Sunday, June 25, 2017

Tracing Indigenous Roots in the Downtown East / Jane's Walk 2017

Urban sketches from Jane's Walk in Toronto, Ontario

"exploring the intersection between art, culture, innovation plus enterprise and what it means for Indigeneity, reconciliation and city building."

 (sketch and note taking by Barbara Eguchi, 2017)

Map of the walk / Starting point was Good Earth Coffee House, Toronto, Ontario

Here are a few sketches from some of the stop's along the walk.  The first one is of the British Home for Children / The Fegan Home
Historical plaque of 'Dr. Oronhyatekha'
Allan Garden's 

Monday, June 12, 2017

Sketching Cherry Blossoms at High park

I have been to High Park several times, but this was my first time to sketch cherry blossoms during peak season in May. 

Did you know? The first Japanese Somei - Yoshino Cherry tree was sent as a gift from the citizens of Tokyo in 1959. Later, the trees were donated under the "Sakura Project" to High Park and other locations such as Exibition Place and University of Toronto. 

Monday, June 5, 2017

Uncovering Saskatchewan's historical faux pas from sketching the Devonian Pond

Yesterday, the Toronto Urban Sketchers headed over to the Devonian Square, near the Ryerson Image Centre, to sketch the Devonian Pond, also known as Lake Devo. I was hoping to get a nice picturesque pond with the surrounded buildings and boulders reflected on the water, but there was no water. Just a couple puddles here and there, probably from the rain earlier that day and some discarded coffee cups. There was also large images of a lady wrapped in a bright red fabric standing on a rock pasted onto a couple boulders . Not what I was expecting, but then again, Toronto is always full of surprises. 

It turns out that the images are part of a temporary art installation by artist Lori Blondeau regarding Indigenous identity. It was a bit shocking a first to see this but not nearly as shocking as it must have been for the Crees and Assiniboin who saw their 400-tons sacred gathering rock blown up by the government in 1966 to make way for the man-made Lake Diefenbaker, named after the John G. Diefenbaker, former Prime Minister of Canada. Knowing a little bit more of the story behind the installation, it makes a little more sense. I can see the parallel between the sacred rock in the 1960s that was destroyed to make way for a man-made lake vs an empty man-made pond using imported boulder from the Canadian Shield plastered, almost like a graffiti on a natural stone, with the image of a Cree artist defiantly and ironically standing on a rock in pristine nature wearing a red cloth.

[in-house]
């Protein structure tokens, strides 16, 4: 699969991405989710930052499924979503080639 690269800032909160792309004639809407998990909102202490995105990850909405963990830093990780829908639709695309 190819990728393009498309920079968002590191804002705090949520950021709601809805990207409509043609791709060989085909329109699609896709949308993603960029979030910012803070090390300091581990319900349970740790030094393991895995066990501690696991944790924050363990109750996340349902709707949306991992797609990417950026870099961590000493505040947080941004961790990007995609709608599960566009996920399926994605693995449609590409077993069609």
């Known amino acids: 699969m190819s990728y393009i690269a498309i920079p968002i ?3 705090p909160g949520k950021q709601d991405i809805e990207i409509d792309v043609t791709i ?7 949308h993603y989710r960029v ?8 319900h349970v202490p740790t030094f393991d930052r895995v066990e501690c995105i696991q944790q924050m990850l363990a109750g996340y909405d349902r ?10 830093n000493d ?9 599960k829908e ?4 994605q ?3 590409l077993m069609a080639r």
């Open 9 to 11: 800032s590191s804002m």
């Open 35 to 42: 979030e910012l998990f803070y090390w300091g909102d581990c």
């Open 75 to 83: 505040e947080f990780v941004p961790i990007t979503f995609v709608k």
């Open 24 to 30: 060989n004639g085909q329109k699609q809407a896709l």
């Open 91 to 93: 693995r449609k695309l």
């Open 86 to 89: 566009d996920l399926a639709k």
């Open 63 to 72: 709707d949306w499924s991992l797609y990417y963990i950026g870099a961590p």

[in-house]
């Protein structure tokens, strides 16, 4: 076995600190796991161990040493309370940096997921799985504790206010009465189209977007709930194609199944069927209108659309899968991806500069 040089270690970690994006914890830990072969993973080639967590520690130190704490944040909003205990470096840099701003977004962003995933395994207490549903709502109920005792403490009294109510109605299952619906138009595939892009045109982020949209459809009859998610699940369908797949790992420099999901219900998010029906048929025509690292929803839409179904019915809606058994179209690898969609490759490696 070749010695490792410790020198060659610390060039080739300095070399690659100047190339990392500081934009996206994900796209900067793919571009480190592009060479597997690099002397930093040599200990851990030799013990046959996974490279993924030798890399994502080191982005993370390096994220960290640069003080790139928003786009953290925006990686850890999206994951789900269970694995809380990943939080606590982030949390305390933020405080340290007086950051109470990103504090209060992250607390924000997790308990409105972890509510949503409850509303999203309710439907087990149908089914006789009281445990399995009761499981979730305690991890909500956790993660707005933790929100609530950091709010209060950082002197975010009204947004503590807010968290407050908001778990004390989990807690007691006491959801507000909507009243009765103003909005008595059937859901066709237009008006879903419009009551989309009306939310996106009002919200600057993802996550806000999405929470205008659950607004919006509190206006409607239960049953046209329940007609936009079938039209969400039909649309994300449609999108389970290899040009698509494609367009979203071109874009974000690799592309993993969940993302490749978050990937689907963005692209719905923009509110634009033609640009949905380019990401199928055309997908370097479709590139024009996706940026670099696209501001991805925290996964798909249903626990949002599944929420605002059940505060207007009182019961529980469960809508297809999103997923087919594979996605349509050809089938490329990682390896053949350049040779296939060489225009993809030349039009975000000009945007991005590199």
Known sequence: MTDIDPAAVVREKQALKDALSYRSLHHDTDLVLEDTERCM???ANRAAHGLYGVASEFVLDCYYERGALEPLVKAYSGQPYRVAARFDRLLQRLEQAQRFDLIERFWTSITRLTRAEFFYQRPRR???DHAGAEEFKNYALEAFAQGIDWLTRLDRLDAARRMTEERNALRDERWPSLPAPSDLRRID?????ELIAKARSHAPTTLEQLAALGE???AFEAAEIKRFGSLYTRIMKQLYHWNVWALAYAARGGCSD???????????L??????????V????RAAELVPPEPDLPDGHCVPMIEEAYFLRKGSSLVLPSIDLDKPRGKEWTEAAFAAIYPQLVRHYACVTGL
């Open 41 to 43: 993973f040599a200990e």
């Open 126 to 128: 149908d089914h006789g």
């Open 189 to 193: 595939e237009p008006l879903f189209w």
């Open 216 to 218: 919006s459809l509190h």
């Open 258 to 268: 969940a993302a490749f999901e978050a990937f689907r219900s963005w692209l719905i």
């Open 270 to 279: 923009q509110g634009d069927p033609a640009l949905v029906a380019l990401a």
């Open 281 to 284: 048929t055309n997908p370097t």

From what I understand, this installation brings more awareness so that we can hopefully make better decisions.  It's great to be aware of these stories to get a better understanding of the complexities of our history. But, where do we go from there? What's the next step to make things better? Apparently the site it still considered sacred despite being 60 ft under water. Steven Thair, a diver in Saskatchewan discovered the remains of the rock and is looking to make a documentary about it. He's also looking for experienced Cree divers who would be able to work with him. 

You never know what you're going to find out when you take the time to sketch the city. We had a great turn out. About 20 sketchers showed up to sketch the empty pond and surrounding areas. You can see more images on Facebook and Instagram